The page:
The following books appear on this list.
A Treatise on Japanning and Varnishing
By John Stalker and George Parker
Oxford, England; 1688
TP938 S78 F Printed Book and Periodical Collection, gift of Henry Francis du Pont
Case by John Pimm, japanner unknown
Boston, Massachusetts; 1740–50
Japanning on white pine and maple
1957.1084 Bequest of Henry Francis du Pont
Stalker and Parker’s 1688 manual for creating japanned (lacquerlike) decorations on surfaces dates from the height of England’s infatuation with the Orient. Artisans would have consulted publications such as this one when producing objects like the high chest.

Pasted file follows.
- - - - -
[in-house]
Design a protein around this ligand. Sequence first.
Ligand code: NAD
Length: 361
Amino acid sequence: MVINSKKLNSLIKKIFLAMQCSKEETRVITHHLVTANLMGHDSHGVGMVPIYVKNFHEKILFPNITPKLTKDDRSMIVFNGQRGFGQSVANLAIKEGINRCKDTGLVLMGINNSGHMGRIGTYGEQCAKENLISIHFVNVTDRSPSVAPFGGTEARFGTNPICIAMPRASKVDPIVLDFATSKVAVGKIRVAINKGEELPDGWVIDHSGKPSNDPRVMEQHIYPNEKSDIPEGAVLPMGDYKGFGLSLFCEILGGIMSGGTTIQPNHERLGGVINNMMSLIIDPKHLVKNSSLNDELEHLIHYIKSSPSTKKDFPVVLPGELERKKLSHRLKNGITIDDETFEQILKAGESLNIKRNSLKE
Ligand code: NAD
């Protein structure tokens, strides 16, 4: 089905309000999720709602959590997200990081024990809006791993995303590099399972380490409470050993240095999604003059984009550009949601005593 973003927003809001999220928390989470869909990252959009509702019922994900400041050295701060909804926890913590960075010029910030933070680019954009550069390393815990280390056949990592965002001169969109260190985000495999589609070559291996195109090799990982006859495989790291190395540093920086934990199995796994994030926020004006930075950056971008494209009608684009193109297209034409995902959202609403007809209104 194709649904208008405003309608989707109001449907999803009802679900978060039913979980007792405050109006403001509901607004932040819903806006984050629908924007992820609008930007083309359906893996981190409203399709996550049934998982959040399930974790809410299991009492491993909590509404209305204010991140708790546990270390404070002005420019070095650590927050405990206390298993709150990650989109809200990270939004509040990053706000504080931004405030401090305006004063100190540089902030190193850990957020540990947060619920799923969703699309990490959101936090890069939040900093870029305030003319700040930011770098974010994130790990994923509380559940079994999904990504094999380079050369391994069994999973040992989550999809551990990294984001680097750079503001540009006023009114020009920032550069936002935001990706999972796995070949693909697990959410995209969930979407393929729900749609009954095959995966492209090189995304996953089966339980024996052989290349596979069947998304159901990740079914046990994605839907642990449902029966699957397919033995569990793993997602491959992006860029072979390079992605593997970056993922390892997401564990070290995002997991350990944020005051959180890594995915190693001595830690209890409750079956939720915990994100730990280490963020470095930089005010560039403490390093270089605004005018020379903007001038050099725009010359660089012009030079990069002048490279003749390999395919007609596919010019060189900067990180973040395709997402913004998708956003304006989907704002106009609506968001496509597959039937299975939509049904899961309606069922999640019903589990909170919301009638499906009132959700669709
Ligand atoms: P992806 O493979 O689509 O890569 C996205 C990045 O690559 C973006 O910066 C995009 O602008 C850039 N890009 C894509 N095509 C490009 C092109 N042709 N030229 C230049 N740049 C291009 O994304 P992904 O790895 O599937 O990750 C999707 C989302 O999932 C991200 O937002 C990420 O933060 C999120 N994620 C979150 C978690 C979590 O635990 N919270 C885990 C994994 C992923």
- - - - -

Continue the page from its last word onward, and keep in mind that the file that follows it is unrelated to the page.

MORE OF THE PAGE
The Cabinet-maker and Upholsterer’s Guide [by George Hepplewhite]
Published by A. Hepplewhite and Co, printed by I. and J. Taylor
London, England; 1789
NK2542 H51* Printed Book and Periodical Collection, gift of Henry Francis du Pont
Gilt over gesso on wood
1953.0162.001 Museum purchase
Many English looking glasses in the neoclassical taste were exported to America. This example is similar to plate 117 in Hepplewhite’s Cabinet-maker and Upholsterer’s Guide, one of the most popular design books of the late 1700s.
The Repository of Arts, Literature, Fashions, &c.
Published by Rudolph Ackermann
London, England; 1810
AP4 R42 Printed Book and Periodical Collection, gift of Henry Francis du Pont
Rudolph Ackermann was an entrepreneur whose fashionable London store sold prints, books, art supplies, and fancy goods. His popular periodical, The Repository of Arts, promoted his store and contained poetry, art and music reviews, fashion plates, and fabric samples. It influenced taste in both Britain and America.